Last Updated: Friday - 09/24/2010
Seprtember 14, 2009
Parishioners' labour and love built St. Josphat
Ukrainian scholar documents the story of this Edmonton cathedral and Ukrainian life in Edmonton
St Josephat Ukrainian Cathedral, Edmonton: A History (1902-2002) has just been released.
WESTERN CATHOLIC REPORTER
EDMONTON - In late 1904, a group of Ukrainian settlers and their priests gathered at a square on Namayo Avenue to bear witness to the blessing of Edmonton's first Ukrainian Catholic church.
The 40 by 60-foot church was dedicated to St. Josaphat, a Ruthenian Catholic bishop who died a martyr's dead in 1623.
From its modest beginnings, the parish of St. Josaphat blossomed to attain the status of cathedral and seat of the Ukrainian Eparchy less than 50 years later.
Serge Cipko tells the history of St. Josaphat in his recently released book, St. Josaphat Ukrainian Catholic Cathedral Edmonton: A History (1902-2002).
Cipko, a history professor and currently director of the Ukrainian Diaspora Studies Initiative at the University of Alberta, wrote the book on the occasion of the parish's centennial, which was officially marked in 2002.
THE UKRAINIAN STORY
The 244-page book, written both in English and Ukrainian, isn't just about St. Josaphat. It is also about Ukrainian settlement in Alberta and Canada and about Roman-Eastern-rite relations.
In addition to greetings from the likes of Metropolitan Lubomyr Husar of Lviv, Ukraine, and Alberta's Premier Ed Stelmach, Cipko's book contains a chronology that begins in 1871 with the establishment of the Roman Catholic Diocese of St. Albert under Bishop Vital Grandin.
Then there are five chapters, each chapter dealing with a specific period in the parish's history.
The first one deals with the early years - from the arrival of the first Ukrainian settlers to Alberta in 1891 to the choice of the site for St. Josaphat Church in 1902.
As it turns out, it was the Edmonton Archdiocese that sold the land where St. Josaphat was eventually built.
Other chapters deal with building toward a cathedral (1917-47), the first two decades as a cathedral church, toward the commemoration of the millennium of Christianity and from millennium to centenary.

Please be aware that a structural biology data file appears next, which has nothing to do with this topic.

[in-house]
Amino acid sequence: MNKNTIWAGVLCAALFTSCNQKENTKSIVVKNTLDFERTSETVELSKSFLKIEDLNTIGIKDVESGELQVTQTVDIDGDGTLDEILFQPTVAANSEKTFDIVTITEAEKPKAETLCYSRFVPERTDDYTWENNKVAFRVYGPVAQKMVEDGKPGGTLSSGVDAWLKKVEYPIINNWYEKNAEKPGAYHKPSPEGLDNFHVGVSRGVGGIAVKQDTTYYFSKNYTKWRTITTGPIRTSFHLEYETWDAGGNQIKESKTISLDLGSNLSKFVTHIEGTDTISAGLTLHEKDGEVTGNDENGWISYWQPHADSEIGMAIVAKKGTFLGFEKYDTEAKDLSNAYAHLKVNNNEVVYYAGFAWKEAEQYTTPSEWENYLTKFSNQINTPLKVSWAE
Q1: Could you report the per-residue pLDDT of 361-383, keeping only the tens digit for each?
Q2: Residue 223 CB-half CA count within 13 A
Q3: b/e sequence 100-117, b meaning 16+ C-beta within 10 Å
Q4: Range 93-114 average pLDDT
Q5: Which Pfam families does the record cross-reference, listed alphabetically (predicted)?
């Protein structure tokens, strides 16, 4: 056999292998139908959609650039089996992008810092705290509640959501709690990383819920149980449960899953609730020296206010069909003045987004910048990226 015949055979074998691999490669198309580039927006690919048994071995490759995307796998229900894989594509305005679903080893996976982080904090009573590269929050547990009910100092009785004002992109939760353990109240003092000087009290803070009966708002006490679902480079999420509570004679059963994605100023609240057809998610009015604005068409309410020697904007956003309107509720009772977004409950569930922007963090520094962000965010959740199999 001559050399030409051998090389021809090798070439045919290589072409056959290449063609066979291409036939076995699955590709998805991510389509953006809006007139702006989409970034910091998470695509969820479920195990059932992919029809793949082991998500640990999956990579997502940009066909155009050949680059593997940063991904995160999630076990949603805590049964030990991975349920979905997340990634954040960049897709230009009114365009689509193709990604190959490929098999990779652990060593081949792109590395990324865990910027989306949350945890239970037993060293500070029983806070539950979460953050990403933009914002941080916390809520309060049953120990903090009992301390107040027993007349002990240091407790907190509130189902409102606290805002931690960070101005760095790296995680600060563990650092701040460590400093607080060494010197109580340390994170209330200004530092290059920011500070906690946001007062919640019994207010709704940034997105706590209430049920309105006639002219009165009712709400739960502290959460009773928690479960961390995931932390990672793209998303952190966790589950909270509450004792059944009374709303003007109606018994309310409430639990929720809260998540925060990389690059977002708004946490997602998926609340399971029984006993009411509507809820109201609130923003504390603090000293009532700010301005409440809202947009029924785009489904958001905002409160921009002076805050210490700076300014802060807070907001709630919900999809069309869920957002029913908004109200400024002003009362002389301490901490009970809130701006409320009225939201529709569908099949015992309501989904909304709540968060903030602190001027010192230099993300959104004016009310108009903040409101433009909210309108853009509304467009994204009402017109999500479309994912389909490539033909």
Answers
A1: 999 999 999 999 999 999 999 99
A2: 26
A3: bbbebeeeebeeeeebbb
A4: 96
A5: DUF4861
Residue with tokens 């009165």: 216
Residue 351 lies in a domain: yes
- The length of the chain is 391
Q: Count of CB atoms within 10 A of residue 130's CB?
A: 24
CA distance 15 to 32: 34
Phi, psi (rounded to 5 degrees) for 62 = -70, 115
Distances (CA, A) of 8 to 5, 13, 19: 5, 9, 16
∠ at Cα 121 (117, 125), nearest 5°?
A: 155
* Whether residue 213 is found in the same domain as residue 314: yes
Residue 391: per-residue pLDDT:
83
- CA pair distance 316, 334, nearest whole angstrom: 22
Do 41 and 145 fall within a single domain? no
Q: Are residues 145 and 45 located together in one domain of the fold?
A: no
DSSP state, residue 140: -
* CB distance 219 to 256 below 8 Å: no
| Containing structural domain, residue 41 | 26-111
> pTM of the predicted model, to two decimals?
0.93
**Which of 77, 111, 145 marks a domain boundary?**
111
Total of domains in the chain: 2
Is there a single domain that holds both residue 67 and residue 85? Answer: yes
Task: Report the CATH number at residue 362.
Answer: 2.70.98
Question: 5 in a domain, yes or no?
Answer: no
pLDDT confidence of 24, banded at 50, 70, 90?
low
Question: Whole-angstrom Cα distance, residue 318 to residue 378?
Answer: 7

Almost two hundred photos illustrate Cipko's book. The selection includes pictures of the early priests and bishops, a 1913 wedding and several photos of the cathedral's interior.
Although the blessing of St. Josaphat Church on Nov. 27, 1904 was a breakthrough for Ukrainian Catholics of Edmonton, the church was finished only on the outside. And there was no money available to buy a furnace or coal.
MINED FOR COAL
To remedy this problem, one of the parishioners, Theodore Chichka, mined coal in the banks of the North Saskatchewan River and paid 25 cents to a Frenchman with a team of horses to haul the fuel to the church.
To finish the interior of the church, the parish pastor approached a local building supplier who decided to give the materials on credit, charging no interest.
In 1913, as the Ukrainian population increased, the church building was enlarged. In that year too, a monastery-residence was constructed beside the church to house the parish priests and a significant fundraising drive was underway to build a community hall for Ukrainian Catholics.
By the 1940s, more than 6,000 Ukrainians were living in Edmonton. This called for a new, larger church. That's how the current St. Josaphat Cathedral came into being.
LABOUR OF FAITH AND LOVE
Built between 1939 and 1947, the Byzantine cathedral combines Roman, American Colonial and Renaissance styling. Seven elaborate domes, a grand entrance and rare, magnificent interior religious murals distinguish the church. Cipko says the cathedral was built by volunteer labour with the excavation of the footings and the basement virtually "dug by the hands of parishioners."
Father Phillip Ruh, an Oblate priest who had studied architecture in Germany and served in Ukraine, designed St. Josaphat, which was designated a cathedral March 3, 1948.
In the book's conclusion, Cipko says that up to 2002, the year of St. Josaphat's centennial, priests at the cathedral parish conducted 11,052 baptisms, 5,430 marriages, 4,548 burials and about 50,000 Divine Liturgies.
Contact the cathedral to acquire St. Josaphat Ukrainian Catholic Cathedral Edmonton: A History (1902-2002).